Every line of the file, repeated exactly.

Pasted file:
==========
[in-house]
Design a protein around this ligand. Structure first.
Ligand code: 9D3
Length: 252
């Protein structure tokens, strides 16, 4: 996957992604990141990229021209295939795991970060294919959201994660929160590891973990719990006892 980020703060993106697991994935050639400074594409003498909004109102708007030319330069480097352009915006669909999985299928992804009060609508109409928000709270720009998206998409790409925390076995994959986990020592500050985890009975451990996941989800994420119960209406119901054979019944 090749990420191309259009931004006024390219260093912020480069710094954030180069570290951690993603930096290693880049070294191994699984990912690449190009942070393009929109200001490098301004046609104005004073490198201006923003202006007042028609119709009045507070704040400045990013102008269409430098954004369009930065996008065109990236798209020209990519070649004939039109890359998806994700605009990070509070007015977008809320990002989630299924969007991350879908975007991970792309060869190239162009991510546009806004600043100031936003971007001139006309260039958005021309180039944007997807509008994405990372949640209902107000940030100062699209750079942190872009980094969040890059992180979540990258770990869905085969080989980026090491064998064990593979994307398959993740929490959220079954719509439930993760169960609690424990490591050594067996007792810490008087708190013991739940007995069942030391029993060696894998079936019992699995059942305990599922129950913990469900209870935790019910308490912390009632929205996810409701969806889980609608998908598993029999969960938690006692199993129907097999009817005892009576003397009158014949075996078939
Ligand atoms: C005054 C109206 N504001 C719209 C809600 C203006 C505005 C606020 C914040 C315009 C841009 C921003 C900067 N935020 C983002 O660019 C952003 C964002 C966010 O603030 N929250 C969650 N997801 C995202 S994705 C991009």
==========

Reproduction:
[in-house]
Design a protein around this ligand. Structure first.
Ligand code: 9D3
Length: 252
């Protein structure tokens, strides 16, 4: 996957992604990141990229021209295939795991970060294919959201994660929160590891973990719990006892 980020703060993106697991994935050639400074594409003498909004109102708007030319330069480097352009915006669909999985299928992804009060609508109409928000709270720009998206998409790409925390076995994959986990020592500050985890009975451990996941989800994420119960209406119901054979019944 090749990420191309259009931004006024390219260093912020480069710094954030180069570290951690993603930096290693880049070294191994699984990912690449190009942070393009929109200001490098301004046609104005004073490198201006923003202006007042028609119709009045507070704040400045990013102008269409430098954004369009930065996008065109990236798209020209990519070649004939039109890359998806994700605009990070509070007015977008809320990002989630299924969007991350879908975007991970792309060869190239162009991510546009806004600043100031936003971007001139006309260039958005021309180039944007997807509008994405990372949640209902107000940030100062699209750079942190872009980094969040890059992180979540990258770990869905085969080989980026090491064998064990593979994307398959993740929490959220079954719509439930993760169960609690424990490591050594067996007792810490008087708190013991739940007995069942030391029993060696894998079936019992699995059942305990599922129950913990469900209870935790019910308490912390009632929205996810409701969806889980609608998908598993029999969960938690006692199993129907097999009817005892009576003397009158014949075996078939
Ligand atoms: C005054 C109206 N504001 C719209 C809600 C203006 C505005 C606020 C914040 C315009 C841009 C921003 C900067 N935020 C983002 O660019 C952003 C964002 C966010 O603030 N929250 C969650 N997801 C995202 S994705 C991009």